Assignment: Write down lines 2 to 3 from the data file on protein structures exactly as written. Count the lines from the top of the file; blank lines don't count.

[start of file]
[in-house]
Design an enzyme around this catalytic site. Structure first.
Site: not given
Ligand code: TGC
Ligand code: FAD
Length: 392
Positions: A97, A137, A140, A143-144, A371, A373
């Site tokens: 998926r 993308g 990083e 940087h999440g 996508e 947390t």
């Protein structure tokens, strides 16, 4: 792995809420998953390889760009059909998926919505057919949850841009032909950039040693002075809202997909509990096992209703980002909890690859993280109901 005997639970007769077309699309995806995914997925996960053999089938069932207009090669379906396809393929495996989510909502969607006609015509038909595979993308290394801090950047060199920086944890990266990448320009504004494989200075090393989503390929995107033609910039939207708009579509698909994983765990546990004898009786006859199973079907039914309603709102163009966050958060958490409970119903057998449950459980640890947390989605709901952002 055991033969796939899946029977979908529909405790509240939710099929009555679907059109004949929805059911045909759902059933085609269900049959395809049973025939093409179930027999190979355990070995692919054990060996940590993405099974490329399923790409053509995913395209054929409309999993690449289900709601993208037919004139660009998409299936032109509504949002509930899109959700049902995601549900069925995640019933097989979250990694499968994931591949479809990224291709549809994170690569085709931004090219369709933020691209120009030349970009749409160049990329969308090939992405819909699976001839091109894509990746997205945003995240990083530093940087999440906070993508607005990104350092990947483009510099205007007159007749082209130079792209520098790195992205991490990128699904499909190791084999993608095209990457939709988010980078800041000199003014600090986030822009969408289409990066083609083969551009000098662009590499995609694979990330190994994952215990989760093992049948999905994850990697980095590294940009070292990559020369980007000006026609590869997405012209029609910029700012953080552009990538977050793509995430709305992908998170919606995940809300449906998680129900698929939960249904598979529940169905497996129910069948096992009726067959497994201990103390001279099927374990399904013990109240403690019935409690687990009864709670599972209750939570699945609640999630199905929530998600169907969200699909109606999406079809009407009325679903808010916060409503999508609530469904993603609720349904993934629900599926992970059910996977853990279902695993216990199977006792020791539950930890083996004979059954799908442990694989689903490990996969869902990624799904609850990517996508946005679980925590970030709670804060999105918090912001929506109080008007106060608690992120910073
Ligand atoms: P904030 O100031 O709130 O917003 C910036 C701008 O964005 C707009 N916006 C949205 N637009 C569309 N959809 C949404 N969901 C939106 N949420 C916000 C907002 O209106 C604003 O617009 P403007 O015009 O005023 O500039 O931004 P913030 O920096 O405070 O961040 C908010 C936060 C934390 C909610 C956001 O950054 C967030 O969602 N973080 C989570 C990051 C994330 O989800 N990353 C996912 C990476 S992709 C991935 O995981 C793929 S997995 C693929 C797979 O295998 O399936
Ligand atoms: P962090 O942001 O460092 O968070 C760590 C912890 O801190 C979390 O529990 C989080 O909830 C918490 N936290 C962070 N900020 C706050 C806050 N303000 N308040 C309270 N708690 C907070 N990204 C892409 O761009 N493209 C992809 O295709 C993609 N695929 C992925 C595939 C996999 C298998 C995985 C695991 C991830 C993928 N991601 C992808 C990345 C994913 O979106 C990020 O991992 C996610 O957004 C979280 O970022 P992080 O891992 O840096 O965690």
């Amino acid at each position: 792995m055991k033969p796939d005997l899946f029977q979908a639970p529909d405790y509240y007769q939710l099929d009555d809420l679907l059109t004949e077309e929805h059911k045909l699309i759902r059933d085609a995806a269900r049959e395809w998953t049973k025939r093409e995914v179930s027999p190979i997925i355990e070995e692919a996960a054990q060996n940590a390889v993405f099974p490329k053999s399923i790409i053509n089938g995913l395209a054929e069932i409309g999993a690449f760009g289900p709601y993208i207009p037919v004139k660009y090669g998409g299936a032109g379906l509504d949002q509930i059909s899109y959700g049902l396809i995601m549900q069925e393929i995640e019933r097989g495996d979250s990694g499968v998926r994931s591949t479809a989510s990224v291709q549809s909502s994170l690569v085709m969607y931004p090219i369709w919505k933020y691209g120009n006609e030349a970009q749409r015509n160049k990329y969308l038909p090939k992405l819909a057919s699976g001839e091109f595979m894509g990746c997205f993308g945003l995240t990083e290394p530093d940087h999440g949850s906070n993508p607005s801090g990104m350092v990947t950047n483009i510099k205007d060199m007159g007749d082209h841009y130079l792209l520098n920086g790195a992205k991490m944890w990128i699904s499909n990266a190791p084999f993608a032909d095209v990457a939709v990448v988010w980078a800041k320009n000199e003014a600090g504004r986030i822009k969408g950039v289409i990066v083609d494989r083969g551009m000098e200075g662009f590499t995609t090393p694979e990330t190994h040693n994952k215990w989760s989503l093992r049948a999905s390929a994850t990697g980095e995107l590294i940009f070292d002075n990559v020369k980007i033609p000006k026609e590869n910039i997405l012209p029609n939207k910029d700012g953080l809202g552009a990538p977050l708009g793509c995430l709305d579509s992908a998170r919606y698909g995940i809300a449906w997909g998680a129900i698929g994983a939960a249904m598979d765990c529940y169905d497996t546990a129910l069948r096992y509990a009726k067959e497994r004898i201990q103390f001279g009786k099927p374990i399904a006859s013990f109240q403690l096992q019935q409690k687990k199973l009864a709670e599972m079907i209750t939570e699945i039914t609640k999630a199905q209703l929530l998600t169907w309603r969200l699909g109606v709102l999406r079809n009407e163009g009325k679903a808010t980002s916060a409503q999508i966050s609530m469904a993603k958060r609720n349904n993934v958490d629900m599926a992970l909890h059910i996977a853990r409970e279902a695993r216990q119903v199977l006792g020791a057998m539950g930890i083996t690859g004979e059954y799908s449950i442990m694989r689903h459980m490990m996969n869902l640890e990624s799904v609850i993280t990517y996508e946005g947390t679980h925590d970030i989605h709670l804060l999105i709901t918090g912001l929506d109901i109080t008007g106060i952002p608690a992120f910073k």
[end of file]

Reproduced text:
Design an enzyme around this catalytic site. Structure first.
Site: not given